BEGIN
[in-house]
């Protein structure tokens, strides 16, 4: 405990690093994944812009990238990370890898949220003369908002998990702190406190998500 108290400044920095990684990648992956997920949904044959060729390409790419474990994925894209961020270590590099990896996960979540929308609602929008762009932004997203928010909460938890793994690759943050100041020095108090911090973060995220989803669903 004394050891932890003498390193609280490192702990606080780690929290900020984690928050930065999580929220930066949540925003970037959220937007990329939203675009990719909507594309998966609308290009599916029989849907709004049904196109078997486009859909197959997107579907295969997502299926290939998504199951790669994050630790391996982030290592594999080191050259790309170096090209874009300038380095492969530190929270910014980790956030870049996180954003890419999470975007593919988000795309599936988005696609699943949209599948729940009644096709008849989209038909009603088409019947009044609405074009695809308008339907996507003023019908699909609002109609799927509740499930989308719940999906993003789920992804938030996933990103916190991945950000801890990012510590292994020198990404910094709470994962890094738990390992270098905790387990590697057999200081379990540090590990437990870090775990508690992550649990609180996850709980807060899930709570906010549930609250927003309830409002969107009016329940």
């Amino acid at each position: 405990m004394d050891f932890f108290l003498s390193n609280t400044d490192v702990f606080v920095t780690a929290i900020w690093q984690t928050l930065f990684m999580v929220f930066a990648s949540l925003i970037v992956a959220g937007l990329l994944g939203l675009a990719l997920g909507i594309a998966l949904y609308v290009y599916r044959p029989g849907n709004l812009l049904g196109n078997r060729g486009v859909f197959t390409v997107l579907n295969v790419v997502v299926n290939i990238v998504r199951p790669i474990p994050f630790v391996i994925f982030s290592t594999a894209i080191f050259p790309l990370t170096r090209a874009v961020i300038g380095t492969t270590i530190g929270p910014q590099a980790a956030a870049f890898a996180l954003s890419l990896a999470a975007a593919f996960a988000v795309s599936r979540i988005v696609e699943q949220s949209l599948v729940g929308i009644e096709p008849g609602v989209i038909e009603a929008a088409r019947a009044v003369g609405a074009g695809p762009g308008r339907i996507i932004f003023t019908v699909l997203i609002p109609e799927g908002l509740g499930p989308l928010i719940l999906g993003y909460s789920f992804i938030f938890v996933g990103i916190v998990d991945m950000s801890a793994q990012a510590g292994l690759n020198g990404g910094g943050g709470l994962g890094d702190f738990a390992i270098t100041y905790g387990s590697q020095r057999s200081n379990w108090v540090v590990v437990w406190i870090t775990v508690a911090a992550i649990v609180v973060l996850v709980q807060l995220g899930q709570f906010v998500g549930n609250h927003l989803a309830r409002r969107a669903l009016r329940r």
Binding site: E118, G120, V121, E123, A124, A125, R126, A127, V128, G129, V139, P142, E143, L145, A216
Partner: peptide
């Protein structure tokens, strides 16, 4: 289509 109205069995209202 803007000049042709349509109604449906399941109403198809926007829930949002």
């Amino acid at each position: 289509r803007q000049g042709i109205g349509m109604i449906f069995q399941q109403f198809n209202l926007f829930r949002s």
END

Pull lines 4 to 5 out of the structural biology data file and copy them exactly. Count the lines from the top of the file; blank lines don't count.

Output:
Binding site: E118, G120, V121, E123, A124, A125, R126, A127, V128, G129, V139, P142, E143, L145, A216
Partner: peptide